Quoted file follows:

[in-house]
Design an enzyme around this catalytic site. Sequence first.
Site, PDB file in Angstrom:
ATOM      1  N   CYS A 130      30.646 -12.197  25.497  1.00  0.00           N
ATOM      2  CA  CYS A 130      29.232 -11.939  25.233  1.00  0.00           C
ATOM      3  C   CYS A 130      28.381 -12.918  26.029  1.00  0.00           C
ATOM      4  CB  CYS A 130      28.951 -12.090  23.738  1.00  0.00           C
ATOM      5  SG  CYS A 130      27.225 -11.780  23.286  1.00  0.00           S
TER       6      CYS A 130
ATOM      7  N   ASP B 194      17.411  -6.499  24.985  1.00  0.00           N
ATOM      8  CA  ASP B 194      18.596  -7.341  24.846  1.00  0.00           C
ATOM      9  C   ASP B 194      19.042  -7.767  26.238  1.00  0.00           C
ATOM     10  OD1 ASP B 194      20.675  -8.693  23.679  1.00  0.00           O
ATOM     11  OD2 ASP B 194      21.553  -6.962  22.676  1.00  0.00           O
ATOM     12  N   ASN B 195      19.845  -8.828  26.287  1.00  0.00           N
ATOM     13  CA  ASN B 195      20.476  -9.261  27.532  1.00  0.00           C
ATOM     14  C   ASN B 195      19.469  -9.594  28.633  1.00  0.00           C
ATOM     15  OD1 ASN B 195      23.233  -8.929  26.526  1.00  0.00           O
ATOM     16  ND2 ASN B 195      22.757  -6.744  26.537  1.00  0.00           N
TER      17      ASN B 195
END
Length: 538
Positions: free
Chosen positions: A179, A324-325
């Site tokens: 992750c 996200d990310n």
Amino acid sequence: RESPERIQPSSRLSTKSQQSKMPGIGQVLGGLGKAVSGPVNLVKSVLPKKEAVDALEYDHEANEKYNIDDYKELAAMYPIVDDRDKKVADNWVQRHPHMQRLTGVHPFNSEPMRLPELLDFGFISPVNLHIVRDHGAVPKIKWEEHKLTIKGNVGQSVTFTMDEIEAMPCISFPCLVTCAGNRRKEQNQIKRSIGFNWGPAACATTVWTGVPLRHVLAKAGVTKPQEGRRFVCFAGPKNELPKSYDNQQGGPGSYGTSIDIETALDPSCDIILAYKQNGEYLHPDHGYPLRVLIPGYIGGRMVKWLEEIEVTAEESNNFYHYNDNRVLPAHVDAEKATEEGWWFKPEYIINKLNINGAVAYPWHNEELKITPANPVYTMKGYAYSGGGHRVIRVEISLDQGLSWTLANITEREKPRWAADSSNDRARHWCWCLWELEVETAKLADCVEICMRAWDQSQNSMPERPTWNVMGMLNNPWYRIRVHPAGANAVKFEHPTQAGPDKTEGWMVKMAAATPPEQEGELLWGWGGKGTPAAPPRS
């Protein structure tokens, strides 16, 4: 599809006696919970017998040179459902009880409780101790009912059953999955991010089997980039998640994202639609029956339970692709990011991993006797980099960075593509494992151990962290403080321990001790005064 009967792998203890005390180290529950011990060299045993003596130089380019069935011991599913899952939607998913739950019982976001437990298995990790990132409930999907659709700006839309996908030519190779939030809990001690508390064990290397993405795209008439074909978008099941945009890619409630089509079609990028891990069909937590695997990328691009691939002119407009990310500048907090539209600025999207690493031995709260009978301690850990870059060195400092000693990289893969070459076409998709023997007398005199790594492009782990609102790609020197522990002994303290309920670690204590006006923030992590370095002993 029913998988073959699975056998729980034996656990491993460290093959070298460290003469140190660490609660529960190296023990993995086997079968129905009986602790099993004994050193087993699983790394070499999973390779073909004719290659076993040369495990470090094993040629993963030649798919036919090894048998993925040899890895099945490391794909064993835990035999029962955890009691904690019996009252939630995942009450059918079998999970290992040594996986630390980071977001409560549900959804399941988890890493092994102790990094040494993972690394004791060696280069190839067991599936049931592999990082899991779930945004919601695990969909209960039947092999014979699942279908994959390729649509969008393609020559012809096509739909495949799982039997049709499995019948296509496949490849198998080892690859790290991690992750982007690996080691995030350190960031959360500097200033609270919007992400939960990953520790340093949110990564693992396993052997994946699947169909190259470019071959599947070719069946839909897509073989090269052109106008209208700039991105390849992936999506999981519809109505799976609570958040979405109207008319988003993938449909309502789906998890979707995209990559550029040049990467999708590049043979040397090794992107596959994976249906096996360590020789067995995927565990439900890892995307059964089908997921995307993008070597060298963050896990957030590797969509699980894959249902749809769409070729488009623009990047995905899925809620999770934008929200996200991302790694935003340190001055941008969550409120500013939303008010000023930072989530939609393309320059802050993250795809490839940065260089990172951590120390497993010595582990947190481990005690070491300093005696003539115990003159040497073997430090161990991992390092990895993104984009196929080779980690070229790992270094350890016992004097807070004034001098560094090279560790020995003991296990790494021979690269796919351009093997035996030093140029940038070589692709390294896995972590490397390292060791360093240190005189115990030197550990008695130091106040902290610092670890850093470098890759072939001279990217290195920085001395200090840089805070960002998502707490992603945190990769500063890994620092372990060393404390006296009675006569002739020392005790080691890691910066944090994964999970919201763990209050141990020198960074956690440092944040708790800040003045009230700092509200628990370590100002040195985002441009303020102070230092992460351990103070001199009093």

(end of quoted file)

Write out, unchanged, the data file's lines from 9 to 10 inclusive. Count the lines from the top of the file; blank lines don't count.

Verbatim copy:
TER       6      CYS A 130
ATOM      7  N   ASP B 194      17.411  -6.499  24.985  1.00  0.00           N